The paper argues that economic policy also plays an important role. The cost of training workers has increased, partly because the share of all workers who require government licenses has grown by one estimate from about 5 percent in the 1950s to 29 percent in 2008. This discourages hiring. So do legal changes that have made it more difficult to fire employees, the paper says. It also mentions health insurance as a reason that employees may stay put.

In other words, policy makes a difference, especially when the marginal effects are allowed to build up over time and gum up the works. Licensing and training requirements make it more expensive to put people to work. Policies that make it harder to fire inevitably make it harder to hire too. And our half-century old policy of tying health insurance to employment through favorable tax treatment has likely made it harder, at the margins, for workers to move from job to job. 

Part of this, then, is a story about how the government got in the way. As time went on, the cumulative effects of multiple bad employment policies helped make for a bad job market. And recovery could be harder and longer than we think, because even after the effects of the recession wear off, those problematic policies will still be dragging us down.

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  1. older people are staying put in the jobs they have

    Needz MOAR entitlements to incentivize them to leave!!!1!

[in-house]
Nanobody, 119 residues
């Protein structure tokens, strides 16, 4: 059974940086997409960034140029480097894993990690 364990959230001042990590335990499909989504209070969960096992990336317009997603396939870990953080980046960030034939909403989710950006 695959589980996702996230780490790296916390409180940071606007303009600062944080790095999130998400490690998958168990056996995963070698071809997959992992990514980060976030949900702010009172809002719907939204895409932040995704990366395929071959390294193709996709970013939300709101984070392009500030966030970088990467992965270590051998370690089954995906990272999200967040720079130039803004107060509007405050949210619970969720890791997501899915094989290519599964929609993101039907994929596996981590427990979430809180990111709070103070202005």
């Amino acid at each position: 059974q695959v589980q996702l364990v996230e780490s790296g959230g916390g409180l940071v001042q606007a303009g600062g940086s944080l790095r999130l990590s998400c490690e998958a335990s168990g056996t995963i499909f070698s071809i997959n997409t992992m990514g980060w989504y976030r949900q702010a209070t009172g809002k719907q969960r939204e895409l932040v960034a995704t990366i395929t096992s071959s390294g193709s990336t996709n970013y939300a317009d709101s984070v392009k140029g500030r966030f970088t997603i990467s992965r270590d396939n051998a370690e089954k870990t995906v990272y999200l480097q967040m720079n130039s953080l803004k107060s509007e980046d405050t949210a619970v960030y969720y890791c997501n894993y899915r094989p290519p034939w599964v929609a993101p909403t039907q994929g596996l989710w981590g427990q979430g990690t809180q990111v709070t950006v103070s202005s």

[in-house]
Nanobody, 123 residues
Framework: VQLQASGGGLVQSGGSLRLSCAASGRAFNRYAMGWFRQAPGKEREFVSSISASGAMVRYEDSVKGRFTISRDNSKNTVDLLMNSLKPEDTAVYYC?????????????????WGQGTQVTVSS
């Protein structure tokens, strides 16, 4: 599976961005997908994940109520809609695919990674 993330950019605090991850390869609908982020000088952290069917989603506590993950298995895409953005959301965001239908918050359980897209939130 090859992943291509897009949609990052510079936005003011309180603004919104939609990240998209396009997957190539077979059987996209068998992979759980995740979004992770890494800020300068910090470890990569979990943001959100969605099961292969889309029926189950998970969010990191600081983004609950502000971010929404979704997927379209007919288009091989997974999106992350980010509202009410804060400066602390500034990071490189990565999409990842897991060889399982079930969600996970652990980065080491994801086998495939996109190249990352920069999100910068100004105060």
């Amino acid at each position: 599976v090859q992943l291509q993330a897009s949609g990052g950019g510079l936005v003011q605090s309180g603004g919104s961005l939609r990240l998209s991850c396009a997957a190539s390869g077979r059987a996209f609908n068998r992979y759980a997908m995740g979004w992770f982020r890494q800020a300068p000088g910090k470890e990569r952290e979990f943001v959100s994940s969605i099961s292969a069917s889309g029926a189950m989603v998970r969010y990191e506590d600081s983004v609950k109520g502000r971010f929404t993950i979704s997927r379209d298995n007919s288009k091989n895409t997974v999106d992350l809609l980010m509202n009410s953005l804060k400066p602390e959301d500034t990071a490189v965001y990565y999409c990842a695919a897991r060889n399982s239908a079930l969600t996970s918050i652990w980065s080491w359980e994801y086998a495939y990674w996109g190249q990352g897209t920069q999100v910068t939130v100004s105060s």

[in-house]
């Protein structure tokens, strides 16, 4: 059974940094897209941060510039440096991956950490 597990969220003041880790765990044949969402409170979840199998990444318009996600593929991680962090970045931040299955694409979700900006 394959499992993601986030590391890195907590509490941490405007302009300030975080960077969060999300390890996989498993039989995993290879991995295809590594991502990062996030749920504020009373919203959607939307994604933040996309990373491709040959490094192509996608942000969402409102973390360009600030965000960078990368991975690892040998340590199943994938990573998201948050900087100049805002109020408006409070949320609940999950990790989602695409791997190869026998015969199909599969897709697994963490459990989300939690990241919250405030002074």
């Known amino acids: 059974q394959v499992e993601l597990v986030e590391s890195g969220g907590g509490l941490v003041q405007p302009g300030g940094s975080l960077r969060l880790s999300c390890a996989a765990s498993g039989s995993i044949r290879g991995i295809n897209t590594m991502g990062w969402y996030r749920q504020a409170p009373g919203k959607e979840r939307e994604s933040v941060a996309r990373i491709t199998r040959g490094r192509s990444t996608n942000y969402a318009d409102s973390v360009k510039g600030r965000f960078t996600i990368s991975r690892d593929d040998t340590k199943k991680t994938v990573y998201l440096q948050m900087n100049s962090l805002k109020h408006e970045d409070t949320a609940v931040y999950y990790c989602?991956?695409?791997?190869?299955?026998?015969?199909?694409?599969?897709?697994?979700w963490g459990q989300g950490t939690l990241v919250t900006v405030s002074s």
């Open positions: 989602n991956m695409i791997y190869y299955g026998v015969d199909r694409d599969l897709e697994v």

Wait, I thought one of Obamacare’s plethora of advantages was that they can leave their jobs and go learn to paint or play the guitar or something. Which is it?

    1. Damn right. Fuck them young whipper-snappers.

      And get off my lawn!

      1. *pees on your lawn and kicks over your walker*. Take that you ricketty bitch!

  2. “This is all christfag lies and propaganda. My Apple and Buffet stocks are doing great so the economy must be doing great”

    – Shrike

  3. There are a couple of other things going on. First, lets not forget student loans. They prevent young people from switching careers or being willing to start at the bottom in a new career. Forget the people who can’t pay their loans for a moment. Even the ones who can pay their loans have their employment options reduced because they often can’t take a pay cut to pursue a career where they might have better long term prospects.

    Second, this is also the wages of the government trying to get everyone to own a house. It is a lot harder to move to a new job when doing so requires you to sell your home. Buying a home is one of the dumbest things a low income or entry level worker can do. When you are struggling, what you need more than anything else is the freedom to go wherever the job is. Buying a home takes that away from you.